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The Maya Survivors vs. Los Genocidios: Part Two | The Nation

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The Maya Survivors vs. Los Genocidios: Part Two

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Elias Lawless

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February 6, 2007

In various ways, Antonio Caba's life mirrors that of many Maya men in their 30s residing in rural Guatemala: He tends a cornfield that feeds his wife, his children and himself; Spanish is his second language; he lost immediate family to the genocide that raged through the country in the '80s; and he was coerced--through threats on his life--to participate in army-organized militias called Self Defense Civil Patrols.

However, in 1989, Antonio risked death by defiantly abandoning the Patrols and devoting himself to seeking out justice for the genocidios, men who masterminded and executed the military campaign which resulted in the death or disappearance of more than 200,000 individuals, the vast bulk of whom were Maya.

Antonio serves as president of the Association for Justice and Reconciliation, a coalition of survivors representing a host of different Maya ethnicities, determined to hold seven former military and political officials accountable for widespread violence that, under the guise of purging the nation of armed rebels, compelled a U.N.-led truth commission to declare that Guatemala endured nothing short of genocide.

Guatemala's nearest rendition to the now-dead Augusto Pinochet is Efraín Ríos Montt, who only left the presidency of the National Congress in November 2003 and presently leads the Guatemalan Republican Front (FRG) as its secretary general, the political party which constitutes the largest faction in Congress. In the last elections, the FRG claimed 15 of the 20 mayoral posts in El Quiche, the department where Antonio lives and where, at the age of 14, he was required to enlist in the Civil Patrols.

The Civil Patrols--militias in which men from the same village obligatorily carried out army orders, often including forced participation in massacres--were ordered to dissolve with the signing of the Peace Accords, an agreement which largely ended the state-led terror in December 1996.

In August of 1996, when demobilization of the Civil Patrols began, 270,906 predominately Maya peasant men were still registered; by 1997, Civil Patrols were, at least ostensibly, defunct. In June 2002, however, just in time for the upcoming national elections in 2003, the Civil Patrols "reorganized" themselves.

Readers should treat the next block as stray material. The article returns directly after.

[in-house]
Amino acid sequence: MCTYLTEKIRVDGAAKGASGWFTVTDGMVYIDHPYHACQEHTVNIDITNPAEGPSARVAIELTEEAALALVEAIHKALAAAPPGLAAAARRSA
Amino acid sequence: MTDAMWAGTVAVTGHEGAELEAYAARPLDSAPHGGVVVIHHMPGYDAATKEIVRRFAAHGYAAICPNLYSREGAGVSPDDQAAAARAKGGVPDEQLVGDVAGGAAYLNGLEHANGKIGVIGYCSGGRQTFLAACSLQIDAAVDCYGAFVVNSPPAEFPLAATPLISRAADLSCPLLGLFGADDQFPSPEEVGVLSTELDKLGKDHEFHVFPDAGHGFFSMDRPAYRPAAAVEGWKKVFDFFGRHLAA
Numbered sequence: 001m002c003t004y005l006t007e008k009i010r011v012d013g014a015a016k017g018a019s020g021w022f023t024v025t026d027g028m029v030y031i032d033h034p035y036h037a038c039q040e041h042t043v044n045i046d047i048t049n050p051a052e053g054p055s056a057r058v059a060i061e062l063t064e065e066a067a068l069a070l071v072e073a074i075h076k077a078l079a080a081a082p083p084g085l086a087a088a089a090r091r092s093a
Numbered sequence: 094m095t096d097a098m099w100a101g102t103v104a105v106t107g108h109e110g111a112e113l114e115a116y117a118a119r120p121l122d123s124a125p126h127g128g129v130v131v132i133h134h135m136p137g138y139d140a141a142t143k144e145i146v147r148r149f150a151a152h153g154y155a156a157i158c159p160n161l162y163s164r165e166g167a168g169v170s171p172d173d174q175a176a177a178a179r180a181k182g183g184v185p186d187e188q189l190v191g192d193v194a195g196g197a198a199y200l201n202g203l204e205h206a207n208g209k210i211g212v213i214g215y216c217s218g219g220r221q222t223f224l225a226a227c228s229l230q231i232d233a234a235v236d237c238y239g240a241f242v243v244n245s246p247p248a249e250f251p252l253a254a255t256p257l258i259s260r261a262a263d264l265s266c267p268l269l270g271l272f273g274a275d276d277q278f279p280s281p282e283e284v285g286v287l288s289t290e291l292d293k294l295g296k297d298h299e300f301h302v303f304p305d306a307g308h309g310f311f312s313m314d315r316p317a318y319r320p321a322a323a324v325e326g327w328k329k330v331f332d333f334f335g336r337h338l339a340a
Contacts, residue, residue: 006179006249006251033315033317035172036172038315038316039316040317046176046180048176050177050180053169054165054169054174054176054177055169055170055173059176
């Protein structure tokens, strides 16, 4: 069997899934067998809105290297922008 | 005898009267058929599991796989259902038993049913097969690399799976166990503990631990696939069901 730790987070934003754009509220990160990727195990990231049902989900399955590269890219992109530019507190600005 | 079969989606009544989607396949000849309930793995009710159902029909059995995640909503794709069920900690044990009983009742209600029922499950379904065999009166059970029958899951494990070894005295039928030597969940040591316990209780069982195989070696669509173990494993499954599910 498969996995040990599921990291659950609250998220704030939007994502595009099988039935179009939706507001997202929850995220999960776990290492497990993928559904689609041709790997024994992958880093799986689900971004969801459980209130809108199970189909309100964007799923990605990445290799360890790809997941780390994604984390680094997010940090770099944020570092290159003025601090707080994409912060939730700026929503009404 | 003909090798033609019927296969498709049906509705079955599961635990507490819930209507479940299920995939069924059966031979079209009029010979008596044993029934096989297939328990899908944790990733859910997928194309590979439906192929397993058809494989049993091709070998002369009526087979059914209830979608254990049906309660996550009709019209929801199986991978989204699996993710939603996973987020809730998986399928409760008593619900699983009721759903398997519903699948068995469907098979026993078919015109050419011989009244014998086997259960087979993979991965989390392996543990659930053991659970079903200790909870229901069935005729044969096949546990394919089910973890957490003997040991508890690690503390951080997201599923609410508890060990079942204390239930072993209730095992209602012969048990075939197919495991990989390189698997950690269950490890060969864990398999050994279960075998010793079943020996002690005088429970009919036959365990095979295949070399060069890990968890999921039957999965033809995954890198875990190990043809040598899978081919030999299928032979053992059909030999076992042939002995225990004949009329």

Springing from protests urging the government to supply former patrollers "compensation for services lent to the nation," President Alfonso Portillo, who won office by running on Ríos Montt's FRG ticket, conceded and paid a third of the promised amount to a number of former patrollers just before the election. Some 800,000 men had registered with their former Patrol commanders to sign up to receive the payments.

On July 24, 2003, on what has since been termed Black Thursday, an armed riot of masked FRG backers stormed the streets of Guatemala City to demand that Ríos Montt be allowed to run for president, thereby sidestepping a constitutional provision banning ex-dictators who came to power by overthrowing the government from candidacy. In response to the two days of terror, which resulted in the death of a journalist, the courts caved in and gave Ríos Montt the go ahead; he lost, taking only 18 percent of the votes.

As electioneering is presently well under way in Guatemala for the presidential contest in November, the FRG made their favored candidate known three months ago. At their national assembly, Aristides Crespo, head of the FRG bloc in Congress, announced, "The FRG has their natural candidate, Efrain Ríos Montt, and there is no other." On Jan. 17, the FRG alerted Guatemala to a change of strategy: In front of Congress, Ríos Montt proclaimed, "I will reach the highest rank. It could not be any other way ... I will be president of Congress from 2008-2012."

WireTap magazine's Elias Lawless met up with Antonio in Guatemala to ask about his experiences following the massacre in his village as well as his participation in, and risky abandonment of, the Civil Patrols, published here as Part One. Be sure to check out Part One for broader context on the Association for Justice and Reconciliation.

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